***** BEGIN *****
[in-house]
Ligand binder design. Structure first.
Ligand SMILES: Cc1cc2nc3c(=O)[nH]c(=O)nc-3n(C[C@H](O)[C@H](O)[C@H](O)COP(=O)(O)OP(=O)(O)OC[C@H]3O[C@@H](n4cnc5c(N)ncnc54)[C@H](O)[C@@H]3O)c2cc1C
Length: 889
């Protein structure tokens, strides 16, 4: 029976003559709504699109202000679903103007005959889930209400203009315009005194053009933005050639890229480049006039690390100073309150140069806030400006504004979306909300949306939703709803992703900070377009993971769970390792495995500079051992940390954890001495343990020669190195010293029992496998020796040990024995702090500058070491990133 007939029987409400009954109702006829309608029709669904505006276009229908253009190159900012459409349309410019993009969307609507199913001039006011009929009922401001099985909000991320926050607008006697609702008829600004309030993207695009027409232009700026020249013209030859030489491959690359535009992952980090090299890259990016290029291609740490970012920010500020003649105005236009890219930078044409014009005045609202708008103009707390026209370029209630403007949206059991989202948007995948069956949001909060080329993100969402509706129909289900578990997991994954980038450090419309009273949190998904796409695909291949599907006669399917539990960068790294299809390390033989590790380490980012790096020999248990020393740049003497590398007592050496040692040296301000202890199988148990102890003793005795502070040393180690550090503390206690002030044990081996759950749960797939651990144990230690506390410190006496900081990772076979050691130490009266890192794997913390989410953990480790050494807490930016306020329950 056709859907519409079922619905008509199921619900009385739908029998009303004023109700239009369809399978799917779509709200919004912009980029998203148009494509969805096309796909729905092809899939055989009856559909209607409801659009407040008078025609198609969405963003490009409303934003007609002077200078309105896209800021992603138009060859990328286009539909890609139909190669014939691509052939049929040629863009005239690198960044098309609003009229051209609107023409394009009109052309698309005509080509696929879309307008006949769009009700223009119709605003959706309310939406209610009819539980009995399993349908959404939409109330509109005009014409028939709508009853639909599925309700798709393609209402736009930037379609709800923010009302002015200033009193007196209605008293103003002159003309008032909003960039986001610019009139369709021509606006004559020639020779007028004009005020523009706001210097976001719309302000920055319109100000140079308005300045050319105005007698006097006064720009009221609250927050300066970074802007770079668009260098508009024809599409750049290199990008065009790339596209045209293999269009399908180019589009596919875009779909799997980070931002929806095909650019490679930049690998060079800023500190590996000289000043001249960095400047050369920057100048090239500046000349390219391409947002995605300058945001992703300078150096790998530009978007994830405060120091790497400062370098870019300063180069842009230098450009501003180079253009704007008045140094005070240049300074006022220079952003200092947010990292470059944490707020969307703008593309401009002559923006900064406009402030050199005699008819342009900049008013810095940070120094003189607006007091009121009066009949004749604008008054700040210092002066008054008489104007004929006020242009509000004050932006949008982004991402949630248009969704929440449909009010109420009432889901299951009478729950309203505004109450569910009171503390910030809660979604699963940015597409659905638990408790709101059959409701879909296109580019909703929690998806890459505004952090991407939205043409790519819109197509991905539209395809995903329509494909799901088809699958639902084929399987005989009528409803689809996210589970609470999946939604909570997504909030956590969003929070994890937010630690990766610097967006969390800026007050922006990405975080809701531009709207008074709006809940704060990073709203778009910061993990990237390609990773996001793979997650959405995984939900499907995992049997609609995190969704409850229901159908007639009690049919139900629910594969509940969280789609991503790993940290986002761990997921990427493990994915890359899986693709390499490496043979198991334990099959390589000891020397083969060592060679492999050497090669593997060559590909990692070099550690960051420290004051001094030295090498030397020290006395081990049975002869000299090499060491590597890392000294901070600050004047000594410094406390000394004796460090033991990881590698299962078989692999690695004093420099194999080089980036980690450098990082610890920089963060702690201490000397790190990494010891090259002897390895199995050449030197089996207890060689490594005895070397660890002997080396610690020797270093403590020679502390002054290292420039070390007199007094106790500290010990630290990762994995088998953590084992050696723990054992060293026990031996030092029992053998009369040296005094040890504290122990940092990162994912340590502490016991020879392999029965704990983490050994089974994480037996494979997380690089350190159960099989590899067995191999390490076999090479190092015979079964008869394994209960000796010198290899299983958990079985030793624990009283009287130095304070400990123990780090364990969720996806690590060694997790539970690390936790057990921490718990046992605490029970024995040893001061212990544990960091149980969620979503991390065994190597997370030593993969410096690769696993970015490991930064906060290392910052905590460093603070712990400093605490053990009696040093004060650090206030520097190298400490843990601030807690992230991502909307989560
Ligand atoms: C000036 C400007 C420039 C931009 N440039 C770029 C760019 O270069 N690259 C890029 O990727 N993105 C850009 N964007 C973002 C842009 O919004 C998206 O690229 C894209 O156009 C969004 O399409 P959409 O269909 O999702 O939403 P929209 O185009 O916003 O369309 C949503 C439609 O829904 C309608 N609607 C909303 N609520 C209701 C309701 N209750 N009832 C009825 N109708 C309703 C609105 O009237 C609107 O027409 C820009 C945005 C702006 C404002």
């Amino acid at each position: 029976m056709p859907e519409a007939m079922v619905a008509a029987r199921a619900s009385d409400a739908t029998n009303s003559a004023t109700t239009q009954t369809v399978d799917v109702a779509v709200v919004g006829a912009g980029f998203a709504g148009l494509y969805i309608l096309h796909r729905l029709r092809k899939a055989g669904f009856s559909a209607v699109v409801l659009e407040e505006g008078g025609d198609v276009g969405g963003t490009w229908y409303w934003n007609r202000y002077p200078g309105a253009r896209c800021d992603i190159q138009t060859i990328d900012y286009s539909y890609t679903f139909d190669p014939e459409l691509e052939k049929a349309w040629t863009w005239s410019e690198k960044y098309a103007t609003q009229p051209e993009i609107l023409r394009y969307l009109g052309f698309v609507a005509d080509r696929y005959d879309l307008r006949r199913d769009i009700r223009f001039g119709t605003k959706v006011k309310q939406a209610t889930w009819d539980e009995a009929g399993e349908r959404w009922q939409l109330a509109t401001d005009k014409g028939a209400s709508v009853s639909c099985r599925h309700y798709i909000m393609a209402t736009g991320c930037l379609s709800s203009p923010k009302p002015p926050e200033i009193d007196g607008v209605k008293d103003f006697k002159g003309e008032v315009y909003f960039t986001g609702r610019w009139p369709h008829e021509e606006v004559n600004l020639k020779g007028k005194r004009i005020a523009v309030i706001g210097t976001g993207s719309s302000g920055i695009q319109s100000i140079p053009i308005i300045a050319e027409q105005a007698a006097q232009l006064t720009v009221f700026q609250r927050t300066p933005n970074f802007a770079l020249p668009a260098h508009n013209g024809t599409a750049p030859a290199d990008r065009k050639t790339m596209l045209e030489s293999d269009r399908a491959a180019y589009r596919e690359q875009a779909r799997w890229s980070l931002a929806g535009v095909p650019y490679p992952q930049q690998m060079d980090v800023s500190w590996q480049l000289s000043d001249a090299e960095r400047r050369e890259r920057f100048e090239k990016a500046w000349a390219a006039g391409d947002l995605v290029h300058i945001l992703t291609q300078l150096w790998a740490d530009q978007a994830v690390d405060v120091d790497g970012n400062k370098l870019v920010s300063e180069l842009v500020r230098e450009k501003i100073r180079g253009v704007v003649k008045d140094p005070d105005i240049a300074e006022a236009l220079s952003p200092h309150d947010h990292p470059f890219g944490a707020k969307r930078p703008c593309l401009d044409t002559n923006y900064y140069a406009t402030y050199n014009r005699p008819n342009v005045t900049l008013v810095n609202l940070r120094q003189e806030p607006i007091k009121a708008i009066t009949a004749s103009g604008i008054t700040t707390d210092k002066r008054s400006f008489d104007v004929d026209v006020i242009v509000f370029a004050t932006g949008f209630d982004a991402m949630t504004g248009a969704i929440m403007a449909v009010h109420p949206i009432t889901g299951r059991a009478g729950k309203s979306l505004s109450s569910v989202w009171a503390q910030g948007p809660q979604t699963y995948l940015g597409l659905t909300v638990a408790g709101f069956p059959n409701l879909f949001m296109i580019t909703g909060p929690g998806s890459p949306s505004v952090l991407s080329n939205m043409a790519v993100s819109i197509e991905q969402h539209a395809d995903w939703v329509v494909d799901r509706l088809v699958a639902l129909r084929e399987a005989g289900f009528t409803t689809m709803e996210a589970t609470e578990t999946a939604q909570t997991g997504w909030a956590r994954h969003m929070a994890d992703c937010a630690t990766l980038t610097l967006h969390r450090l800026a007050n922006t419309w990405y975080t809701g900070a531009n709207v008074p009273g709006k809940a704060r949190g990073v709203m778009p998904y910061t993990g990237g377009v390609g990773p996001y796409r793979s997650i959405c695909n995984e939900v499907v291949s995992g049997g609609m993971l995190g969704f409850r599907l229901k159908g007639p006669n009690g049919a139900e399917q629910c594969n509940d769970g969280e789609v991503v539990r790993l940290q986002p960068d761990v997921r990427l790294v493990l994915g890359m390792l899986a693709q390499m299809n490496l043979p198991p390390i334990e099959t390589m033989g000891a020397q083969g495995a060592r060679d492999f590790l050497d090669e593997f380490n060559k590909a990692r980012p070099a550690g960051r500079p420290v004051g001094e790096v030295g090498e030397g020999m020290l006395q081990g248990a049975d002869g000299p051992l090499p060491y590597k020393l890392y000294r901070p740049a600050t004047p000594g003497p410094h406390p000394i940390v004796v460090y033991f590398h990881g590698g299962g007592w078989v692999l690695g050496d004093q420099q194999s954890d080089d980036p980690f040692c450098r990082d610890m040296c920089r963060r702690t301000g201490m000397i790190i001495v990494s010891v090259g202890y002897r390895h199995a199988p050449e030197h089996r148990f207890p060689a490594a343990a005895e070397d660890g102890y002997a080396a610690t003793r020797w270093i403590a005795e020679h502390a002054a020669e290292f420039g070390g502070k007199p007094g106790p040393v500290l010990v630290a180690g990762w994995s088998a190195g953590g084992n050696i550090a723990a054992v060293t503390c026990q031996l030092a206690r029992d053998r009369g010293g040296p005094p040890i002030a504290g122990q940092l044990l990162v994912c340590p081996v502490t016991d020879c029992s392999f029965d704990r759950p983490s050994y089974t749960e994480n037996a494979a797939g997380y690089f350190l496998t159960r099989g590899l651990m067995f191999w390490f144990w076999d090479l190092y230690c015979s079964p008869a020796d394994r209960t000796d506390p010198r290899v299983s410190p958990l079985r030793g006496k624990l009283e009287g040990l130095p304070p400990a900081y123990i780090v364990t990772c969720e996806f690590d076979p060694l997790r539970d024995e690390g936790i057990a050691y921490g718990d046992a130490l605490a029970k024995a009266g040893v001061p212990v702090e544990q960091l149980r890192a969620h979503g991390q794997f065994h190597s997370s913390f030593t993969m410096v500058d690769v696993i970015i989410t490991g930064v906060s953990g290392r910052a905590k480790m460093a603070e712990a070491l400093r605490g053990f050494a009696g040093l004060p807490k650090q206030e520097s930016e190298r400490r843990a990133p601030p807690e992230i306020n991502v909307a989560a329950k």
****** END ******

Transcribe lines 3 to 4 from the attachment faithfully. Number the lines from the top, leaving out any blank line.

Ligand SMILES: Cc1cc2nc3c(=O)[nH]c(=O)nc-3n(C[C@H](O)[C@H](O)[C@H](O)COP(=O)(O)OP(=O)(O)OC[C@H]3O[C@@H](n4cnc5c(N)ncnc54)[C@H](O)[C@@H]3O)c2cc1C
Length: 889